With COVID’s second wave, India’s situation took a devastating turn for the worse. From having sufficiently low numbers in February, cases now continue to spike across the entire country. As of June 7, India’s total virus cases have exceeded 28 million, with over 2,400 deaths reported in the last 24 hours. Hundreds of thousands of lives have been lost.
During this difficult time, women have been disproportionately affected. Along with an increased workload, there has also been a rise in gender-based domestic violence cases. With the second wave hitting so close to home, their mental and physical health have been largely impacted. For our beneficiaries – the women from low-income, slum communities, this means lower access to healthcare facilities than before.
In such a situation, they are unable to receive preventive healthcare, including sexual and reproductive services. In the long run, this could lead to pregnancies, miscarriages, unsafe abortions, which would further stimulate their existing stress. In the past year, we have seen how isolation can be an especially tumultuous time for pregnant women and new mothers.
In this current state of a medical emergency, these women need all kinds of support, ranging from direct and immediate consultation with doctors, access to medications, health essentials such as sanitary supplies, among so much more. Early intervention to preventive healthcare is the need of the hour.
At a time when people are avoiding going to hospitals and stepping out for essentials (due to a fear of contracting the disease and forced isolation), they may need supplies they don’t have access to. At Myna Mahila, we have developed a Mobile Health Clinic to combat this issue. Through this intervention, we are monitoring the health conditions among vulnerable populations, especially women and children in urban slums, to provide preventive healthcare facilities.
As of today, in less than a month of launching the clinic, we have directly supported 1,400 people across different slum communities in Mumbai, such as Govandi, Mankhurd, Shivaji Nagar, and more. Our efforts are quickly expanding, as we are now active in over eight communities.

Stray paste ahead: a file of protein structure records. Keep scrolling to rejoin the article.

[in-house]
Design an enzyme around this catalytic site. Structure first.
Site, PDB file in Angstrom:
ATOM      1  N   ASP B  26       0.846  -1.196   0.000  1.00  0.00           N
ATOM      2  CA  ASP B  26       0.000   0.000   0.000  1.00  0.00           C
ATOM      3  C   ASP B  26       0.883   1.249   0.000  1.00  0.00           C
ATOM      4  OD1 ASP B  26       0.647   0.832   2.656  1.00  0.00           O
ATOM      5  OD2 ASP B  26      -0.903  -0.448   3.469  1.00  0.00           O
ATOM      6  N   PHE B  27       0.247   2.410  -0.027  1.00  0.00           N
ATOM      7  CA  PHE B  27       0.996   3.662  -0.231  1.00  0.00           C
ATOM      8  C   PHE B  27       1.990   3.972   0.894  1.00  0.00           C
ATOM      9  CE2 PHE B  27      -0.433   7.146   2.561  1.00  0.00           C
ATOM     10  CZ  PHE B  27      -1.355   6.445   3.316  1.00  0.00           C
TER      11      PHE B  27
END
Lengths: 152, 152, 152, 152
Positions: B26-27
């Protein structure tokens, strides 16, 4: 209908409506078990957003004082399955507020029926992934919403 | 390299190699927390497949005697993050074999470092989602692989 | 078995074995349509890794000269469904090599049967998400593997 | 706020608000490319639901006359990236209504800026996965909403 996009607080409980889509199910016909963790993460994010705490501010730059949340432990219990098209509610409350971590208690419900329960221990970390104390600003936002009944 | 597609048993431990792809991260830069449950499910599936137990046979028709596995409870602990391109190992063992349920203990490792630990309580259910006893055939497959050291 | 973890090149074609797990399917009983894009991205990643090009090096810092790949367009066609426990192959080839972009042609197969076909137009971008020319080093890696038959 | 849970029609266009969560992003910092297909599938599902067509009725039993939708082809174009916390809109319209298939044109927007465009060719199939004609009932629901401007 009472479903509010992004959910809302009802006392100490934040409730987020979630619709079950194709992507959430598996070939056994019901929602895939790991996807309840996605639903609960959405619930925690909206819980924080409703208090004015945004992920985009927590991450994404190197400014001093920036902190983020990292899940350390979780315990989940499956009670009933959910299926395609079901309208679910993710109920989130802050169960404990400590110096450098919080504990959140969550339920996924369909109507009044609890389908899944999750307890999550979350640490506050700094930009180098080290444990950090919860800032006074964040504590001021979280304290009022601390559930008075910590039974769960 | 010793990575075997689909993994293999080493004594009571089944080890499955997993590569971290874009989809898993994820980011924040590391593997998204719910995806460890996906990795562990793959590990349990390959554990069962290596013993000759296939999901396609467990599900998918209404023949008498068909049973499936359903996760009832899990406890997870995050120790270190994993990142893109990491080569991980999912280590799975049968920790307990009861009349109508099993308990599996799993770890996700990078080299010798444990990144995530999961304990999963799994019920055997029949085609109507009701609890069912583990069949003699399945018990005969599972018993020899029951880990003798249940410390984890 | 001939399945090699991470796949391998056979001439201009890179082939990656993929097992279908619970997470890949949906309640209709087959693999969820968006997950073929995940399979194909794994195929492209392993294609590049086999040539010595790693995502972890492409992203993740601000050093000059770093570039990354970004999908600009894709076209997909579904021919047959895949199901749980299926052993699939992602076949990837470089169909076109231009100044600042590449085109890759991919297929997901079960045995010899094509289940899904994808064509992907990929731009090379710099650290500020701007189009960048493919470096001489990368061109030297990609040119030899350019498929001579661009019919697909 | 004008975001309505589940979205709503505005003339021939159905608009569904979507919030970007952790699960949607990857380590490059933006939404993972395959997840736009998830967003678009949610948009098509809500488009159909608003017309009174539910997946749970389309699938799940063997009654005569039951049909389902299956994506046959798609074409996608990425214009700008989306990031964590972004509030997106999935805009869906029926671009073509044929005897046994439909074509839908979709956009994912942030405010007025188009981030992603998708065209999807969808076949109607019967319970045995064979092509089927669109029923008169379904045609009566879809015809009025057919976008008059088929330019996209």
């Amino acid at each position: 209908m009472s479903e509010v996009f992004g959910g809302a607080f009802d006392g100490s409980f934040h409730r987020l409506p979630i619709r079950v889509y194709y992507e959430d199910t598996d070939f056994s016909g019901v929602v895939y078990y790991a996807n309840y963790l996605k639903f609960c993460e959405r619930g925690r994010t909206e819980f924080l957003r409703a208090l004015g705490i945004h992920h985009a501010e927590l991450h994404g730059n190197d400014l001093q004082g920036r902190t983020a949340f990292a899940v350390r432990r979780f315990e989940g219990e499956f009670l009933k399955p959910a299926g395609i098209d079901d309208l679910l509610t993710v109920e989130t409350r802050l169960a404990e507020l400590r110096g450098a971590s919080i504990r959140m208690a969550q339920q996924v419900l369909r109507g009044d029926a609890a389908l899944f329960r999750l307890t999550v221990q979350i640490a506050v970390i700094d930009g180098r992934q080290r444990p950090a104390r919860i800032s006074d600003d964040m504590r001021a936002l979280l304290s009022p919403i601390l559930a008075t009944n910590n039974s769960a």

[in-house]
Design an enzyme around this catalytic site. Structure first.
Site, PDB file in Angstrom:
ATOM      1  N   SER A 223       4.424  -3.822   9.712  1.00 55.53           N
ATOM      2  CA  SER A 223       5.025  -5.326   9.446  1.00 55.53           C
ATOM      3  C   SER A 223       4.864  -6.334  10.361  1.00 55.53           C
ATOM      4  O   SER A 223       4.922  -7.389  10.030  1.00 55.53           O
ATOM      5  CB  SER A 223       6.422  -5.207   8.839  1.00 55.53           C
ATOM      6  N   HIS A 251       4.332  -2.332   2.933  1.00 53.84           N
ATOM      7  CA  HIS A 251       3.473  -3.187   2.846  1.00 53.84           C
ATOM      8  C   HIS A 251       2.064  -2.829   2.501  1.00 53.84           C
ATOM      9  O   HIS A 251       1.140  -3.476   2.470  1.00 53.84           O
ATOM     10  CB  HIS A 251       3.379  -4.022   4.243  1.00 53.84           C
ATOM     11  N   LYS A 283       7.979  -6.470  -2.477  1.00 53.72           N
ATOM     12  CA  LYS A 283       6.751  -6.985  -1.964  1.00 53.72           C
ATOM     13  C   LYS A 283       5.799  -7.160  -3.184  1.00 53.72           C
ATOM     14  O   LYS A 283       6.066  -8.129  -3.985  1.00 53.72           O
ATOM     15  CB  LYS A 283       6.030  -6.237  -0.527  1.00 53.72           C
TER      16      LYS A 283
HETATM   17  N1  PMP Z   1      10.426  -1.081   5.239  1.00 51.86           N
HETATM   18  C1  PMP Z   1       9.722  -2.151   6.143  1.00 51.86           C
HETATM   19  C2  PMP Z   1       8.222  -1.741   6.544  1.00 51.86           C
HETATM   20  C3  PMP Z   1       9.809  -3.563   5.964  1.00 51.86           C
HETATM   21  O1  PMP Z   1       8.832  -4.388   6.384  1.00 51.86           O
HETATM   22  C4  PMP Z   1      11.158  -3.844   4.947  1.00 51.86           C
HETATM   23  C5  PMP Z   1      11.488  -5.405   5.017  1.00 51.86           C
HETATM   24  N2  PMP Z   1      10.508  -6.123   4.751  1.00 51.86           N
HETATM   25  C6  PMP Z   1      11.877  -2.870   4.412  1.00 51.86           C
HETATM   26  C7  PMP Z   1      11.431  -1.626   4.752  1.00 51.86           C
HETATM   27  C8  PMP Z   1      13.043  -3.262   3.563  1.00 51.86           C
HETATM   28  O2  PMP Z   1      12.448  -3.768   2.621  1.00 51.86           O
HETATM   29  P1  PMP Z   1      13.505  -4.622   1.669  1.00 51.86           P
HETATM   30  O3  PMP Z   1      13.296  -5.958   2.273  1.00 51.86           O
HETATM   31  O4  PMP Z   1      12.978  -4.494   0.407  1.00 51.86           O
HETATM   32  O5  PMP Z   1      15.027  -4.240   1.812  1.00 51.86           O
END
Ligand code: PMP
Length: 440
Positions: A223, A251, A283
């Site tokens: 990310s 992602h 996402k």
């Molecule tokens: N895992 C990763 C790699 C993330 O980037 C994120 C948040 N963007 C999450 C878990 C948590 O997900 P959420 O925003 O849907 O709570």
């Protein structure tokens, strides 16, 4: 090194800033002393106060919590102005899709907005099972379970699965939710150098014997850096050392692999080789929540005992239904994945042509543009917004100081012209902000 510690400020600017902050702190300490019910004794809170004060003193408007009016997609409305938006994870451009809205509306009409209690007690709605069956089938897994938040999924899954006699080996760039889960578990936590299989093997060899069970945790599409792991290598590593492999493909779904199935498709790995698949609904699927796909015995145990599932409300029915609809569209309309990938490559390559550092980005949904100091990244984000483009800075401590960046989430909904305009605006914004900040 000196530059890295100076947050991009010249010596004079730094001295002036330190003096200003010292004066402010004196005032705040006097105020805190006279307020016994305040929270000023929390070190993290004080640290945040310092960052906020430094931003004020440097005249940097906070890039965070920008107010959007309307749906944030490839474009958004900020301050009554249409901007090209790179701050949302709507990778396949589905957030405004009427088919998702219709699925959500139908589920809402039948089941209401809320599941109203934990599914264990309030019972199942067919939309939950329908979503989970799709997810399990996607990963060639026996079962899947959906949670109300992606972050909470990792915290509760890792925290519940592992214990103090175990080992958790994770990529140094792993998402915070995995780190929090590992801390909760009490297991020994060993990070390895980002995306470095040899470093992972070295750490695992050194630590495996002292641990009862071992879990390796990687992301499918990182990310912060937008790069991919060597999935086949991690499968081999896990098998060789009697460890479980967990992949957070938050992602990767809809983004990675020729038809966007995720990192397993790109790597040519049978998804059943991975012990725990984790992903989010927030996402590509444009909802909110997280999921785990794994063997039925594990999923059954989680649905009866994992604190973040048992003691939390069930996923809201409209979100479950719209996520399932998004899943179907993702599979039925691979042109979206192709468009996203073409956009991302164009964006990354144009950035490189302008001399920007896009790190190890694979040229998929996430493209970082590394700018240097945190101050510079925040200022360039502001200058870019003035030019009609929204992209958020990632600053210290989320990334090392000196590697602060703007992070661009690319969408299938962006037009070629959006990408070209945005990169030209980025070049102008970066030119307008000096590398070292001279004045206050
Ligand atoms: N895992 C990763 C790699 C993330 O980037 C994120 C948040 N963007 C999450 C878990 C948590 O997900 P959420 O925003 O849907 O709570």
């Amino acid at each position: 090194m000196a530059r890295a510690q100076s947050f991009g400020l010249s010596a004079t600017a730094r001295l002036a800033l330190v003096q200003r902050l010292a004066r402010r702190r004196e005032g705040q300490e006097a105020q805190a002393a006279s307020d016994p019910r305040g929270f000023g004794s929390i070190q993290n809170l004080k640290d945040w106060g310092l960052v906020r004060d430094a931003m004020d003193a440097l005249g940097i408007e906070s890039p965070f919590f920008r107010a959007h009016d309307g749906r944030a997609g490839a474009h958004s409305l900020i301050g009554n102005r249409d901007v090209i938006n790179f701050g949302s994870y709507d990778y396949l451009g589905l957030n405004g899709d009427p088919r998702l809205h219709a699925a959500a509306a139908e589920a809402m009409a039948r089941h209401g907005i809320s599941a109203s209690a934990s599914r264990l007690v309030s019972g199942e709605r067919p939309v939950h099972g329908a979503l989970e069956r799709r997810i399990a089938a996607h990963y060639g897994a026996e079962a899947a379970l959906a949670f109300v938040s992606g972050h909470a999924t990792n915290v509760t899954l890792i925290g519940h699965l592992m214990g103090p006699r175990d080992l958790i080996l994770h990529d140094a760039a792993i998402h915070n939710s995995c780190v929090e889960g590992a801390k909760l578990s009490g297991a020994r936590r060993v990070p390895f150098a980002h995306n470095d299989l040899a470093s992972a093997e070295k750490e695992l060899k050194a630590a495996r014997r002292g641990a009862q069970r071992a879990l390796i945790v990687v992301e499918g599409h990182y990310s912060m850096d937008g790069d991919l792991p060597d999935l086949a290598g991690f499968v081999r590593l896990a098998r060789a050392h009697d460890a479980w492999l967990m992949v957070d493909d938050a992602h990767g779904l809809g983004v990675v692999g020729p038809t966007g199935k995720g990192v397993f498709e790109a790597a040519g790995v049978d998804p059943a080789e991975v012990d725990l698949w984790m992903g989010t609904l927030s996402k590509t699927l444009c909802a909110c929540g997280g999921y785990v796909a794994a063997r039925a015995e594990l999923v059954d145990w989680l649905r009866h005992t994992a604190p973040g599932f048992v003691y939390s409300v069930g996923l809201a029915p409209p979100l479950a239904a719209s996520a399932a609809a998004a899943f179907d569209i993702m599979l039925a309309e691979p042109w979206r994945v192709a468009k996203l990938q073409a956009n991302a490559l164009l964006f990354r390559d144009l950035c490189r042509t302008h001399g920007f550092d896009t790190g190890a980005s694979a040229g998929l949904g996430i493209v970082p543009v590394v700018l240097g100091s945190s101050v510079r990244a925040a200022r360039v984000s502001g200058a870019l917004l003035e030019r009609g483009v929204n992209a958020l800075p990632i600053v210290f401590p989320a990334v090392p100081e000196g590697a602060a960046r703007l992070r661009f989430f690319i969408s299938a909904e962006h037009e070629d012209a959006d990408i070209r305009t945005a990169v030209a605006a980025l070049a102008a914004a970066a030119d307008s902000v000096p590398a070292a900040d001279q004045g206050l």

At the Mobile Clinic, after all, visitors and patients are registered as beneficiaries of Myna Mahila Foundation, they form a socially distanced queue and get their pulse rate, oxygen levels, and temperature checked.
The non-COVID cases receive preventive healthcare facilities via direct doctor consultations. Patients who may have COVID are redirected to the local municipal corporation, the BMC, in order to receive timely treatment and help. For everyone’s protection, we follow COVID protocols at all our locations, including daily sanitization, social distancing, and the use of protective gear such as masks, gloves, and PPEs.
As a continued response to their challenges, patients are also encouraged to visit again for follow-up consultations and help. With the help of our mobile app, they can also stay engaged and keep up with new health information while at home.
The Mobile Health Clinic is one of the many ways we provide emergency relief and build resilience for the long term for the women we serve. Our team continues to serve our beneficiaries, and with your support, we can expand our reach. We strive to create an even better world for women across India, especially during this critical time. Our focus continues to be overall health, with improved solutions for menstruation facilities and services.
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